The Delightful City – A Trans-Pennine Conversation

Fittingly for this event, I was delighted to be invited by Gerry Proctor and the brilliant team at Engage to join a panel of superb Liverpool women and an equally brilliant Leeds panel in a two-part, trans-Pennine conversation to consider how our respective cities delight us.

Delivered virtually and in the confines of (the first) national lockdown, the conversation naturally considered a post-COVID future and what lessons we could take into that future from the extraordinary individual and collective actions and behaviours that the pandemic has necessitated.

It was great to spend an evening or two coming at things from such a positive angle in the middle of such difficult circumstances, and reassuring to hear panellists speak about diversity of representation, the power of collective action, community-led resilience and the restorative power of nature (including reconnecting with house plants!)

Many thanks to all for a great conversation, which I hope will continue – hands across the Pennines!

GM Lives!

It was great to spend a year back in Manchester, based at the MIAHSC (Manchester Institute of Arts, Health and Social Change) office at Manchester Metropolitan University (MMU) and working collaboratively with colleagues from the GM Mayor’s Office, GM Culture, ‘Live Well, Make Art’, GM Health & Social Care Partnership and Health Innovation Manchester.

My commission focussed on stakeholder engagement and partnership-working, supporting the MIAHSC’s launch and first year of activity, and co-developing Greater Manchester’s strategic response to the emerging national ‘Creative Health’ agenda.

There is so much superb work going on across GM (and beyond) at the various and critical points where culture and wellbeing intersect. It is work, of course, that has since come into sharp focus with the onset of the COVID-19 pandemic.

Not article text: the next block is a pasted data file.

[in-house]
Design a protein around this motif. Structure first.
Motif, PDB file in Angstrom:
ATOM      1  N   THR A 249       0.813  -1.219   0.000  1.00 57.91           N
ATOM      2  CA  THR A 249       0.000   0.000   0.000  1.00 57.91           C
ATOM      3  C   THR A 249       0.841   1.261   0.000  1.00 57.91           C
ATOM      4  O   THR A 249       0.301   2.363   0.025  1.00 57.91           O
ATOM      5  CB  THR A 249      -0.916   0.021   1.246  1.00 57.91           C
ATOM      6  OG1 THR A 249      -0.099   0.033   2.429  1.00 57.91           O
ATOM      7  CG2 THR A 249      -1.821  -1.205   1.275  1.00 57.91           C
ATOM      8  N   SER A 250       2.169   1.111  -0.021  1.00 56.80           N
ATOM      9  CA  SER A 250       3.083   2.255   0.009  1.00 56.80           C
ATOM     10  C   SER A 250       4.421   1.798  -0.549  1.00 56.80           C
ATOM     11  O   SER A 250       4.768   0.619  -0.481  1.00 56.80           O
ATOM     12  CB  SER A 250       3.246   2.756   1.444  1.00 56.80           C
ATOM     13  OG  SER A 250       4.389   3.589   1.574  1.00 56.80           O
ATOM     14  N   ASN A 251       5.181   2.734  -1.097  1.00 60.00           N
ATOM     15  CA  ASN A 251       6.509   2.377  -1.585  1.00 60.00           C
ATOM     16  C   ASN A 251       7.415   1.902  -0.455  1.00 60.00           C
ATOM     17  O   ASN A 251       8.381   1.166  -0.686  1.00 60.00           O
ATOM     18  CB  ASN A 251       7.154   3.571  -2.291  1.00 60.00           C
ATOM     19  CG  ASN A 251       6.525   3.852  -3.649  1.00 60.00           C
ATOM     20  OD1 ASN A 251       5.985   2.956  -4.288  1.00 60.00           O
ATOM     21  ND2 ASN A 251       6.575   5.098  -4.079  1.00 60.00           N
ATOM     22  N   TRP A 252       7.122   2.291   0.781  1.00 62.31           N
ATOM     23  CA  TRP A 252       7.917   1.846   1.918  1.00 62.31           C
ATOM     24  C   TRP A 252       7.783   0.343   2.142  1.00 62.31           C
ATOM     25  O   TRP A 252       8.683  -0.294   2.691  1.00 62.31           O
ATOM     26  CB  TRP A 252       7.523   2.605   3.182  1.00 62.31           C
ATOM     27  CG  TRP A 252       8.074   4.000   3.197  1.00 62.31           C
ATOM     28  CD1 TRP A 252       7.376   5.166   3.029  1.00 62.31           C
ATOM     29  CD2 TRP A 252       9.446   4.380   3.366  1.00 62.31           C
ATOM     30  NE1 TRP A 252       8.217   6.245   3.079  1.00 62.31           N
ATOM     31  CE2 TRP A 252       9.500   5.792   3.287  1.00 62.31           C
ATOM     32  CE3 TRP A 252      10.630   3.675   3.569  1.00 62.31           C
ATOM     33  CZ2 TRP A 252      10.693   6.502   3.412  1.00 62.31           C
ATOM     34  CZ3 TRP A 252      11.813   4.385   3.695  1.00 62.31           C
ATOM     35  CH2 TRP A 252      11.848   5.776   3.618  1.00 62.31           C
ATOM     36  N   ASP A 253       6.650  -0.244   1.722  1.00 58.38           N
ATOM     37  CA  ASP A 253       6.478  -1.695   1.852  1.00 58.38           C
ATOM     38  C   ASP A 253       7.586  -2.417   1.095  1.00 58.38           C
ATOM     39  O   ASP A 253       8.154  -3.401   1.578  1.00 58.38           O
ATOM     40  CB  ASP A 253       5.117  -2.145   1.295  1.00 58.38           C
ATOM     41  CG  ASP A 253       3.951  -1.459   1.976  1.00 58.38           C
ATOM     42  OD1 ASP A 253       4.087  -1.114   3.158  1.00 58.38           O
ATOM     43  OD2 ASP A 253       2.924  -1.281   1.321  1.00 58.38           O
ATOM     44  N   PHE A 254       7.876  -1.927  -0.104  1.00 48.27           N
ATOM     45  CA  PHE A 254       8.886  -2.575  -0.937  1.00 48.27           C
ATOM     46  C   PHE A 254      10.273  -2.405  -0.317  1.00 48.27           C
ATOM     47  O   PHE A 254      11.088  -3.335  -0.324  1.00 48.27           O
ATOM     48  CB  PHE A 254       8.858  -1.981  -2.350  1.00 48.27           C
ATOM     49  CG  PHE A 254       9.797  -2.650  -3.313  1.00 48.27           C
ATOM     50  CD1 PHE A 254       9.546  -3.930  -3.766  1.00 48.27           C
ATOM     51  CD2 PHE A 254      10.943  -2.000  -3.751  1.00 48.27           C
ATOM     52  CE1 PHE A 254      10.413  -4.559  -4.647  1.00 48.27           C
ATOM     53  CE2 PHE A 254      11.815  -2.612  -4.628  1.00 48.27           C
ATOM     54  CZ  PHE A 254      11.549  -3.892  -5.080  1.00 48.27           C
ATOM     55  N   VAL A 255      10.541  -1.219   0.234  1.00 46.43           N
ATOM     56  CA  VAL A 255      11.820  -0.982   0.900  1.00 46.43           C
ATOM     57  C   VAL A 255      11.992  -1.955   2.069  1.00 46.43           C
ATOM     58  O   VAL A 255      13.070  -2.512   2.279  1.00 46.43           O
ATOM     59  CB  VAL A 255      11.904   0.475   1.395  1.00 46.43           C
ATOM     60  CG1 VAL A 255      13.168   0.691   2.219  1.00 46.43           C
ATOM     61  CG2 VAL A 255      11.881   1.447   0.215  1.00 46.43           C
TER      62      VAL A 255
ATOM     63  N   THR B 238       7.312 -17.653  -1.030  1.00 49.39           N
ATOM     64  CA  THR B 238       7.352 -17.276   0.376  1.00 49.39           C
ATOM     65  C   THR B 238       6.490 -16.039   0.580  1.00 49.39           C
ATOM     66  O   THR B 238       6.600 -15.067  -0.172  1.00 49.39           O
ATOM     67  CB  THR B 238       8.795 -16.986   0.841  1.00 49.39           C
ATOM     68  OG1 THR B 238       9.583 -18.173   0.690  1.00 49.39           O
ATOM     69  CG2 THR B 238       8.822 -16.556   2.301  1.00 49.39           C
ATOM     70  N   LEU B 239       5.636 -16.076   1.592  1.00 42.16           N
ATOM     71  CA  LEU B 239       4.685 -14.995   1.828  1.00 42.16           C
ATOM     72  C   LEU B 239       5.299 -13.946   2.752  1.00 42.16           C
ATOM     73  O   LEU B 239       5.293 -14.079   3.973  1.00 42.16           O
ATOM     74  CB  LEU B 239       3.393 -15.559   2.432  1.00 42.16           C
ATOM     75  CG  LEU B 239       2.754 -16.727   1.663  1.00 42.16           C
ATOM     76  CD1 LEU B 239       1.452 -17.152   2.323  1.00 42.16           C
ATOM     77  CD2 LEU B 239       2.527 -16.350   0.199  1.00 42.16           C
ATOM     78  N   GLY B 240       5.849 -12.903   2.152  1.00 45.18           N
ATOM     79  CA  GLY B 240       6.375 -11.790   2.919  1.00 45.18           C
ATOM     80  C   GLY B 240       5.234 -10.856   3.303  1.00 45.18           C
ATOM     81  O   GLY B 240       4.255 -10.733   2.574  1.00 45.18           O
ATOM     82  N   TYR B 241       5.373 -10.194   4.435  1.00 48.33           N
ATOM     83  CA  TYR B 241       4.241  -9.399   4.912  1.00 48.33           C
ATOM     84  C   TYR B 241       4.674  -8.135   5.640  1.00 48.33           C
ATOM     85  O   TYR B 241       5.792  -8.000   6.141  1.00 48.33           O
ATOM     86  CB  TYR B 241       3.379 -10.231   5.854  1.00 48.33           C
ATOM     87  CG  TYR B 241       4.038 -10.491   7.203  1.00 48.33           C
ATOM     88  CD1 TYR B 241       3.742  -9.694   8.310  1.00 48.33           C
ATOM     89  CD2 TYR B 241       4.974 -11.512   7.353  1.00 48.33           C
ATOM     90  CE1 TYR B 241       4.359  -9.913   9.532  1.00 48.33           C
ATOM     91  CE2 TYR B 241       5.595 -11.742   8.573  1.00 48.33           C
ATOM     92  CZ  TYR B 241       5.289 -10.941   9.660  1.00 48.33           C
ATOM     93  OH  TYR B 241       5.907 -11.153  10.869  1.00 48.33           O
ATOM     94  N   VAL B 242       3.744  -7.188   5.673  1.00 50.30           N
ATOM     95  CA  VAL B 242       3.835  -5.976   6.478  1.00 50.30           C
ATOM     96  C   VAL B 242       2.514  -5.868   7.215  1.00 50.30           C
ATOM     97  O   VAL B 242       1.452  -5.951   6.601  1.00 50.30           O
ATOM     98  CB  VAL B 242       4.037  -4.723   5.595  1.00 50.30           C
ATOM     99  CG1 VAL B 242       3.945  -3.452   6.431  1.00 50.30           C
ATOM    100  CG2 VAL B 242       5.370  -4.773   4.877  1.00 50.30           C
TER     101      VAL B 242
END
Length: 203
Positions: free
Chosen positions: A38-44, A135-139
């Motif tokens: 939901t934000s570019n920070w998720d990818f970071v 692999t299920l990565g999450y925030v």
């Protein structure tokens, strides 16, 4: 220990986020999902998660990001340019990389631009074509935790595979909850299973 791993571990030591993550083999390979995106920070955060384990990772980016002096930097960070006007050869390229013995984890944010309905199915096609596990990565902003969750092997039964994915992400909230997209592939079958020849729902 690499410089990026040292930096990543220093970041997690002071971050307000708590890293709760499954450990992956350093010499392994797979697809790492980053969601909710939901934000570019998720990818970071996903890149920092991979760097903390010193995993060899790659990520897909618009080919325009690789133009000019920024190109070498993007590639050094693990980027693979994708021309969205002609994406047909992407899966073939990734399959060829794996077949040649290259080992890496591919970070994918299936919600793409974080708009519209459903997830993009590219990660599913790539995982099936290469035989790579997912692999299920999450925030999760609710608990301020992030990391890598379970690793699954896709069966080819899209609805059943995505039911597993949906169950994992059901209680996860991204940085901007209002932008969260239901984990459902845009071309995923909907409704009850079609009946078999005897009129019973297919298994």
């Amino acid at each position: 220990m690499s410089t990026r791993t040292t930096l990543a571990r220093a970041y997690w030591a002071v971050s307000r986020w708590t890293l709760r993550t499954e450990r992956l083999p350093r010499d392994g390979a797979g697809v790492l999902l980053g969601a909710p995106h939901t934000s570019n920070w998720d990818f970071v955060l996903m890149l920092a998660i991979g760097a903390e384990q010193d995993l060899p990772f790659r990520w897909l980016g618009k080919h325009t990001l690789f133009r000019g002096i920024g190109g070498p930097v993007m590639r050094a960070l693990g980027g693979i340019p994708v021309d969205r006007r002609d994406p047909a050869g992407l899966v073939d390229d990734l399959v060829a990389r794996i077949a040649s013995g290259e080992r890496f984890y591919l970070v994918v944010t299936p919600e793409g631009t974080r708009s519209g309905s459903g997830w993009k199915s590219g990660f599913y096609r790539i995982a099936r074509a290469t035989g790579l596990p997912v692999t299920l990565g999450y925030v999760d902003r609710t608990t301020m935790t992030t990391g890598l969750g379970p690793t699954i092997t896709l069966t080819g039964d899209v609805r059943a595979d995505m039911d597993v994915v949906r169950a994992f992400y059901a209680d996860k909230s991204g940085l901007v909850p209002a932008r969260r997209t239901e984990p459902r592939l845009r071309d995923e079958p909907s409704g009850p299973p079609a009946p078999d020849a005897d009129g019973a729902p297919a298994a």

It was a privilege to work with the ‘Live Well, Make Art’ programme and with arts and health colleagues from across GM in revealing and celebrating their work for the forthcoming ‘GM Lives! GM Culture, Health & Wellbeing Study 2020’. The study is due for publication post-lockdown.

It was great too to have the time to reflect on my PhD research and to further my work in exploring new metrics and ways of measuring the economy. Our ‘Yardsticks and Dreamscapes’ event brought partners together in an interactive exploration of sensory ways to measure arts and health impacts through emotions, sentiment and feeling.

Following the event, I was very pleased to be invited to lead a provocation session for colleagues from Public Health England and Liverpool City-Region colleagues around new approaches to commissioning and evaluation in arts and health.

Provocation Session with PHE and Liverpool City-Region arts & health colleagues

As we look to a post-COVID future, I hope our work at MIAHSC and the research findings presented in the ‘GM Lives!’ report will contribute to shaping a progressive and collective route forward.

Basque Country Summer School – ‘Open Innovation’

I was so pleased to be invited to lecture on ‘Open Innovation’ at the Basque Country Summer School 2018, in sunny San Sebastian. It was such a great experience to work with and learn from colleagues from the Basque Country’s Innovation team and the University of the Basque Country’s Agirre Centre, and in particular to find out more about Mondragon and social ownership models.

A short introductory video featuring my pidgin scouse/Spanish is available here:

and my full keynote lecture (in English!) is available here:

Cottonmouth MCR

It was a real pleasure for me to join Vaughan Allen, Chief Exec of Manchester’s City Co, as a featured guest on the ‘Cottonmouth MCR’ podcast and to chat about economics, inclusion, development and ‘A Fourth Way’.

It’s not often they feature scousers on these – think just me and Andy Burnham!

Indigo Prize 2017

In late 2017, I was delighted to hear that my proposals around ‘A Fourth Way’ had been judged in the top 10 entrants for the global Indigo Prize. The prize had been launched to explore alternatives to GDP as a measure of economic success. Coming 6th was no mean feat given that my solo efforts landed ‘up there’ with the UoCambridge and UoManchester economics teams!

Sadly, I came just outside of the prize fund places – but was very pleased to be recognised and published in the top 10 collection.

The journal can be downloaded here: Indigo Prize 2017